I took the Savage X to the backyard, opting to use the tried and true heat cycling method for the break-in process. Once I had primed the fuel system, and had applied the glow plug igniter, the engine fired up within a split second of me pushing the button on the Roto Start 2. I then started to drive the truck around getting it warmed up as the procedure specifies.

    After driving for a few minutes, the engine seemed to be somewhat lean on the low-speed needle setting. So I pulled it in and richened the needle. This tamed the motor down after the throttle had been applied, so that it idled nicely instead of sounded like it wanted to speed up. Later, during the cooling cycle, I would check the low speed needle to see how it had been set. It appears that the Nitro Star F4.1 had arrived with the low speed needle set about a turn and a half in from the "flush" setting as described in the truck's manual. I haven't ever run into this before with the LSN, and figure it to be a fluke. It definitely illustrates the need to pay attention during the break-in process though, as a vehicles needle settings may need to be altered at times. Even when they are set to the factory defaults, needle settings are not "one size fits all". So adjustment may be necessary, although it's ordinarily the high speed needle that you would find the need to adjust.

    The rest of the break-in procedure went flawlessly, so there's sense in me boring you with the details. After break-in, I started adjusting the needles for performance. Then I piloted the Savage X around the backyard hitting a few jumps that I have available. I wasn't really aiming for getting big air; instead I was merely trying to get a feel for the latest version of the Savage. It seemed to jump just as well as it had before, with the truck jumping nice and level off of the dirt jumps in the backyard.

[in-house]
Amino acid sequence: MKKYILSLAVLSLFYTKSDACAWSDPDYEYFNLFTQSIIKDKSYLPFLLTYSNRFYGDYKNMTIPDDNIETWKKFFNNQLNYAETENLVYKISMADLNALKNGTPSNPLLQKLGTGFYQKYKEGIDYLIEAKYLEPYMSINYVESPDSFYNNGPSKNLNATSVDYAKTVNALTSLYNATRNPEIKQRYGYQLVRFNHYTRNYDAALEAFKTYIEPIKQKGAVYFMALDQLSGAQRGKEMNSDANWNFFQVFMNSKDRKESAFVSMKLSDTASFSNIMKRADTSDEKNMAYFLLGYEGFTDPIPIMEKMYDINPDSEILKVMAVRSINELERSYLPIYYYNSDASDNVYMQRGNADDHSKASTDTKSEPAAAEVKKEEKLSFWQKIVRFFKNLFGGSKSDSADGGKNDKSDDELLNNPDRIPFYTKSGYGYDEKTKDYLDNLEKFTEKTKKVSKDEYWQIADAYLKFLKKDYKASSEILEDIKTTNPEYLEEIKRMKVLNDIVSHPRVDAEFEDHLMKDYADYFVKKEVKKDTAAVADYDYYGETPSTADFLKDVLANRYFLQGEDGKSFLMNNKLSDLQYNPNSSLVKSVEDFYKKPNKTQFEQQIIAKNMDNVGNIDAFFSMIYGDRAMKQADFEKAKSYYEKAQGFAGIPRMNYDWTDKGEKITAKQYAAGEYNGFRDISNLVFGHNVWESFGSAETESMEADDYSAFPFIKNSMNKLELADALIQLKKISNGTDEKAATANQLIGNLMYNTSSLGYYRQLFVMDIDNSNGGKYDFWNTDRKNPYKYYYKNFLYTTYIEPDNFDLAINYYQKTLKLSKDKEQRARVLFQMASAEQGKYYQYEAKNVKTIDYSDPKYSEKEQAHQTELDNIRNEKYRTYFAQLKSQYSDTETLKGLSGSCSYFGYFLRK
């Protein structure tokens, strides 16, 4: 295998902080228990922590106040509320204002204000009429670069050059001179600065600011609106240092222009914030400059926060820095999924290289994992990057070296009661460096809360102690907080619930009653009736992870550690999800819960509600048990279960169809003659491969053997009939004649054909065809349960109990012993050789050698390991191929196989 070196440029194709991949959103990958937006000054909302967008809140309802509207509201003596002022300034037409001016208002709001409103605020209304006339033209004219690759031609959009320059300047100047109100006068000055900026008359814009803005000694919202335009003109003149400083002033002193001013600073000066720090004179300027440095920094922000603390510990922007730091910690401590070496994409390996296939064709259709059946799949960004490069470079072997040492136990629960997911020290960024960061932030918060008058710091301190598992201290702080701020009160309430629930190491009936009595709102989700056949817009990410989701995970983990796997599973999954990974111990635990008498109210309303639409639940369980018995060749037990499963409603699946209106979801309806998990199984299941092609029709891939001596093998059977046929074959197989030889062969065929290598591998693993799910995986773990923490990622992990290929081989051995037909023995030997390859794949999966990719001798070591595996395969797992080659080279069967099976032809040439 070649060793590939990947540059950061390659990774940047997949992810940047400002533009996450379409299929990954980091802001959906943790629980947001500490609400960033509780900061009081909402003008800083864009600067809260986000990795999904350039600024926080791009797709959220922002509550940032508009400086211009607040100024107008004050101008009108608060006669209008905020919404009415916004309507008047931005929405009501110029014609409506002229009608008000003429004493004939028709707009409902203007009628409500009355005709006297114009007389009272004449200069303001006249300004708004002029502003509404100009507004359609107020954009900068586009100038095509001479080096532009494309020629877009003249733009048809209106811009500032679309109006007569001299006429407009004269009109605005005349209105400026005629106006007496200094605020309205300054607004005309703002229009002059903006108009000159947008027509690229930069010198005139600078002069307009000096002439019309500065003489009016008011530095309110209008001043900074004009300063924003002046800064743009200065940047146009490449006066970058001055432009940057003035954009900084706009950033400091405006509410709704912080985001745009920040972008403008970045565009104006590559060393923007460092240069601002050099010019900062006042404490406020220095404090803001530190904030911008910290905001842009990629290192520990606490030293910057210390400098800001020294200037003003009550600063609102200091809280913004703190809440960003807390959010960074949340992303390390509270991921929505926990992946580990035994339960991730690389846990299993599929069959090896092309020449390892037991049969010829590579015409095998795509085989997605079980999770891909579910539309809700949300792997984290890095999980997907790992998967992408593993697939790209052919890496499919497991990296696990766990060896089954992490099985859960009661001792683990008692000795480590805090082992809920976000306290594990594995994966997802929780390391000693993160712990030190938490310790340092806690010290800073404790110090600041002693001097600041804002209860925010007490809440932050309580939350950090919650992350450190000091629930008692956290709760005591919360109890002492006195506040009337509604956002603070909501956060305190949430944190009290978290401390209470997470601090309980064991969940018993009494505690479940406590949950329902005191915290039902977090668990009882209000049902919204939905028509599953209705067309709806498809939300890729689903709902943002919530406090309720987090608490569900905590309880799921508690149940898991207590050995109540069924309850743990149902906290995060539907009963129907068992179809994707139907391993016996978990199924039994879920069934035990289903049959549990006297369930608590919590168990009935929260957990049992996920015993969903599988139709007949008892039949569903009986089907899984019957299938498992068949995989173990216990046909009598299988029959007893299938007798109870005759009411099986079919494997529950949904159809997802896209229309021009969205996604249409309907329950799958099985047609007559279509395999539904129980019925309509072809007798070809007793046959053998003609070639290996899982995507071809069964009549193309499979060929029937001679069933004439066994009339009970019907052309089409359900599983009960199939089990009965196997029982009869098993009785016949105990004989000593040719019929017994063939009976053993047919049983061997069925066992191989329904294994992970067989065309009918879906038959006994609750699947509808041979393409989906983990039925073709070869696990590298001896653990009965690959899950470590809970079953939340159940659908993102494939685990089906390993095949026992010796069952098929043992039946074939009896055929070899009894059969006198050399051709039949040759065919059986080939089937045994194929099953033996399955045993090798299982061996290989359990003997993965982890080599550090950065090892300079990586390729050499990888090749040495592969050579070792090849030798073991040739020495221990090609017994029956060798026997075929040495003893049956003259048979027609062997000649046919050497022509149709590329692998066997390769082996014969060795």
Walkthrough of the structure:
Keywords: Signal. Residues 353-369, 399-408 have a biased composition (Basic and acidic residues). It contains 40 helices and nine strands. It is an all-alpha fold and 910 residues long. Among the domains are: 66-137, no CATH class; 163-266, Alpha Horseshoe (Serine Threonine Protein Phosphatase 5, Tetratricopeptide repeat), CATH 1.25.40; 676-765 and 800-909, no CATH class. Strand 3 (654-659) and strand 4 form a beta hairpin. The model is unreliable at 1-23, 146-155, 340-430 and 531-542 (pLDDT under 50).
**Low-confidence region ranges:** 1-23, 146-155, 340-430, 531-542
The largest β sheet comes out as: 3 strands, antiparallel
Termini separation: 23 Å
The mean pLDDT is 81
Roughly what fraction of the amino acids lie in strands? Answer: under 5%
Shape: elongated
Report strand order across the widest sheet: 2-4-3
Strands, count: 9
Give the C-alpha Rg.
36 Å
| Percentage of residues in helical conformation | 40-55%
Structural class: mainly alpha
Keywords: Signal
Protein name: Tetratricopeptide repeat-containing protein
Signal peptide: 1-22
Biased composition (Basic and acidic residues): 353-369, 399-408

When I tested the Savage 25, I tested it more as a basher spending my time in the backyard pulling off back flips and super high air. With the lower center of gravity chassis, and better handling suspension, I wanted to take the Savage X to my local track for a little testing action this time around. While the main focus of the Savage is still bashing, getting it in an environment with plenty of dirt and jumps will let everyone know how the handling changes have affected the truck. This will have an impact on both the bashers, as well as those who may want to try and use the Savage as a racing platform at their local track in a production-based monster truck class.

    At the first available opportunity I headed out to the track. Soon after my arrival at Monkey Bottom Raceway I had the Savage fired up and running, so I steered it onto the track and nailed the throttle. The Savage X has plenty of bottom end grunt, as evidenced by the wheelspin when I nailed the throttle. The stock tires grabbed decently although, like most box stock rubber, they consider overall lifespan as more of a priority than absolute traction.

    I made a few quick laps around the track, but the truck felt a little too top heavy for my liking. It was simply a little too twitchy in the corners. I also felt as if the brakes were set too weak as well. So I brought the Savage X back in for a few adjustments.

    I yanked out all of the preload spacers, and reset the upper ends of the shocks to the innermost holes on the shock towers. This would provide me as low of a ride height as I could get with the stock setup, and allow the springs to provide a little firmer feel in the corners when they started to get compressed. To adjust the brakes, I spun the thumbwheel on the brake lever clockwise a few times, tightening it up closer to the spring on the braking linkage.